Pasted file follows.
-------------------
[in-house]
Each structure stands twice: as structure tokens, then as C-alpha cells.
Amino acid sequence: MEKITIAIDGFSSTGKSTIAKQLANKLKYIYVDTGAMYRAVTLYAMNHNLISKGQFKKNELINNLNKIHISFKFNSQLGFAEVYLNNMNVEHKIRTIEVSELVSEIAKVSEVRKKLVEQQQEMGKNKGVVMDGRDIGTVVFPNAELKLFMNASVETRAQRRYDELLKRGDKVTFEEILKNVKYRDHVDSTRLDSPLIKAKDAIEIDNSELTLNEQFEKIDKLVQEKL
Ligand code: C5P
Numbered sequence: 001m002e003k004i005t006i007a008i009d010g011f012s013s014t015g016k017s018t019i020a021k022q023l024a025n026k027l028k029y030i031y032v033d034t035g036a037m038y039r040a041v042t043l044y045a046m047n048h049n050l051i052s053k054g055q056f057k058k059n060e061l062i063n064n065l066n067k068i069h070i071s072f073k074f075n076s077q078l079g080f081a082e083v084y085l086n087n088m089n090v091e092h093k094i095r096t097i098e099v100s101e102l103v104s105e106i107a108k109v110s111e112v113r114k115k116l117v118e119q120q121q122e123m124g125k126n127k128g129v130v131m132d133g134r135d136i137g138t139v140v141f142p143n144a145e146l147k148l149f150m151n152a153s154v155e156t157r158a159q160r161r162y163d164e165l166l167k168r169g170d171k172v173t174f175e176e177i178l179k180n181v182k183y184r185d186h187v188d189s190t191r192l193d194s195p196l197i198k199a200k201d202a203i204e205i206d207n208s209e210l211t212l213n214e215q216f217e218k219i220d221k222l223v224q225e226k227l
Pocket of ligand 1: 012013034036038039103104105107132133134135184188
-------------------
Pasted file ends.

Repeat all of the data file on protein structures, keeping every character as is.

[in-house]
Each structure stands twice: as structure tokens, then as C-alpha cells.
Amino acid sequence: MEKITIAIDGFSSTGKSTIAKQLANKLKYIYVDTGAMYRAVTLYAMNHNLISKGQFKKNELINNLNKIHISFKFNSQLGFAEVYLNNMNVEHKIRTIEVSELVSEIAKVSEVRKKLVEQQQEMGKNKGVVMDGRDIGTVVFPNAELKLFMNASVETRAQRRYDELLKRGDKVTFEEILKNVKYRDHVDSTRLDSPLIKAKDAIEIDNSELTLNEQFEKIDKLVQEKL
Ligand code: C5P
Numbered sequence: 001m002e003k004i005t006i007a008i009d010g011f012s013s014t015g016k017s018t019i020a021k022q023l024a025n026k027l028k029y030i031y032v033d034t035g036a037m038y039r040a041v042t043l044y045a046m047n048h049n050l051i052s053k054g055q056f057k058k059n060e061l062i063n064n065l066n067k068i069h070i071s072f073k074f075n076s077q078l079g080f081a082e083v084y085l086n087n088m089n090v091e092h093k094i095r096t097i098e099v100s101e102l103v104s105e106i107a108k109v110s111e112v113r114k115k116l117v118e119q120q121q122e123m124g125k126n127k128g129v130v131m132d133g134r135d136i137g138t139v140v141f142p143n144a145e146l147k148l149f150m151n152a153s154v155e156t157r158a159q160r161r162y163d164e165l166l167k168r169g170d171k172v173t174f175e176e177i178l179k180n181v182k183y184r185d186h187v188d189s190t191r192l193d194s195p196l197i198k199a200k201d202a203i204e205i206d207n208s209e210l211t212l213n214e215q216f217e218k219i220d221k222l223v224q225e226k227l
Pocket of ligand 1: 012013034036038039103104105107132133134135184188